where, *T _{RT}* is the real-time temperature of the subgrade; t is the time of head conduction; α, ρ, and C

With the seasonal changes, the subgrade soil undergoes a cyclic process from freezing in winter to heating in summer. Considering phase change, formula (1) can be optimized as:

$\begin{align} & \rho {{C}_{p}}\frac{\partial {{T}_{RT}}}{\partial t}=\frac{\partial }{\partial a}\left( \alpha \frac{\partial {{T}_{RT}}}{\partial a} \right)+ \\ & \frac{\partial }{\partial b}\left( \lambda \frac{\partial {{T}_{RT}}}{\partial b} \right)+HS{{I}_{in}}+\rho \cdot LH\cdot \frac{\partial {{r}_{sp}}}{\partial t} \\\end{align}$ (2)

where, *LH* is the latent heat of phase change of subgrade soil from freezing to heating. In the absence of phase change, the temporal variation rate of the solid phase ratio r_{sp} is zero. In view of the climate features of special areas and the local temperature, the boundary conditions for the heat flow distribution and heat convection of the highway subgrade temperature field based on the principle of heat transfer theory were defined as the superposition between solar radiation, subgrade/pavement counter radiation, and heat convection in the air. Then, the analytical solution of the subgrade temperature field without considering the phase change can be expressed as:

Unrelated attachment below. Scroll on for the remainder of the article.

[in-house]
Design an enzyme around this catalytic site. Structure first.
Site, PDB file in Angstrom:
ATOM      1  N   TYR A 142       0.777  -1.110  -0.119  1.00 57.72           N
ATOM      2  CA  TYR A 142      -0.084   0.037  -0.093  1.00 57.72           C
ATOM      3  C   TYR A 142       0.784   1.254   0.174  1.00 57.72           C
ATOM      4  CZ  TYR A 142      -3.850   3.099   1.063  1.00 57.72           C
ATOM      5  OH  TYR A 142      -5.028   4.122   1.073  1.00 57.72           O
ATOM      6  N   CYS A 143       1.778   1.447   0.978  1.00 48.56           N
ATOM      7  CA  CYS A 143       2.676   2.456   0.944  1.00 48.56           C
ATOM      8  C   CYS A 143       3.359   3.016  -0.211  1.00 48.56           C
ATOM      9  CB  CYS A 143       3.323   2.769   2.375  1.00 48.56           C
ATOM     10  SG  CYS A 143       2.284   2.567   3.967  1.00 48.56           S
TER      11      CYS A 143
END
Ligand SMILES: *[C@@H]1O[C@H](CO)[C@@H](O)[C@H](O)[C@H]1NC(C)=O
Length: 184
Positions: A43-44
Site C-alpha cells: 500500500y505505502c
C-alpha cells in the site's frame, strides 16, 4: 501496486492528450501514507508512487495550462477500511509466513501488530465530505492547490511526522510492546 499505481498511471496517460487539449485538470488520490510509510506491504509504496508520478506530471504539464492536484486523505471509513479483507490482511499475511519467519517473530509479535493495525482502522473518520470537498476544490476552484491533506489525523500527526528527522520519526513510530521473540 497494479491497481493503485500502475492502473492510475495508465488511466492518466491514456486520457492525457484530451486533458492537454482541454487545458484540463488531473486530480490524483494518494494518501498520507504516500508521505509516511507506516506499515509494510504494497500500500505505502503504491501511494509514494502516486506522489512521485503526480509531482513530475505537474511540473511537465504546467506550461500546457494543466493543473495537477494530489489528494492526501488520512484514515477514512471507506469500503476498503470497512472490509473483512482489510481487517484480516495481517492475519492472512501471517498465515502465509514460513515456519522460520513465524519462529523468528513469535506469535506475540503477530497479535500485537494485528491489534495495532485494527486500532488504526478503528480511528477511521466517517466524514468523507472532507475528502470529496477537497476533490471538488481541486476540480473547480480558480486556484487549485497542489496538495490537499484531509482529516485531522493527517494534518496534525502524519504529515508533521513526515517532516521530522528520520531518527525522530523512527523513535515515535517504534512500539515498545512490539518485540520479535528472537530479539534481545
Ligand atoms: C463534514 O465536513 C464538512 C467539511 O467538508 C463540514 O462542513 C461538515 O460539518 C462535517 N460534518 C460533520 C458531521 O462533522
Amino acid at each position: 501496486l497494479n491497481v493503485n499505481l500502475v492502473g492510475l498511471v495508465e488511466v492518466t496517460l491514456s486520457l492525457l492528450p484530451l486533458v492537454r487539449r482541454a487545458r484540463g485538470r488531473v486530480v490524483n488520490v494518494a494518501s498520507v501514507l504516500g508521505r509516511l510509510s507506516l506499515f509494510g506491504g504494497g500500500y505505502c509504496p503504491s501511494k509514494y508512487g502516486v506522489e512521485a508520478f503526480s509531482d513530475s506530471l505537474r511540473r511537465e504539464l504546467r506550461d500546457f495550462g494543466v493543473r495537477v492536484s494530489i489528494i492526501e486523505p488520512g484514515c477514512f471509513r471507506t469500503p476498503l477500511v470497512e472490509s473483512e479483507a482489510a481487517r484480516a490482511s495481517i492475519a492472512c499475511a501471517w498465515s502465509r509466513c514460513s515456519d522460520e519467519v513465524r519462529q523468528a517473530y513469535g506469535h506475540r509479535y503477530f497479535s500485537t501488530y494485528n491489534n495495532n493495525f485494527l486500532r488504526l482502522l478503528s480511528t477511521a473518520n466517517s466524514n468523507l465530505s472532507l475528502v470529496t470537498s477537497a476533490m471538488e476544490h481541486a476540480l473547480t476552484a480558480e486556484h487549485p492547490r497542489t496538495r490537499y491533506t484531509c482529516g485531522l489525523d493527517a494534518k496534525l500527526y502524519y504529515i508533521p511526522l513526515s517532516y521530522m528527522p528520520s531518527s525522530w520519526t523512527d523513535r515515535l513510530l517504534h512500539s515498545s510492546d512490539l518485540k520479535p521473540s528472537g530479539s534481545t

$T_{R T}(a, t)=T_{a v}+R_{R B} e^{-a \sqrt{\frac{\omega}{2 \alpha}} \cos \left(\omega t-a \sqrt{\frac{\omega}{2 \alpha}}\right)}$ (3)

where, *T _{av}* is the mean temperature of the subgrade; θ is the angular frequency;

**2.2 Moisture influence**

The soil-water potential P, which characterizes water migration in the subgrade soil, is generally composed of gravitational potential *P _{g}*, pressure potential

$\begin{matrix} TF=-H\left( P \right)\nabla P & or & TF=-H\left( \tau \right)\nabla P \\\end{matrix}$ (4)

where, *TF* is the water transport flux in the soil; H and τ are the hydraulic conductivity and moisture content of the unsaturated soil, respectively. Let WD be the moisture diffusivity of unsaturated soil. Then, the governing equation of soil moisture migration in the highway subgrade can be expressed as: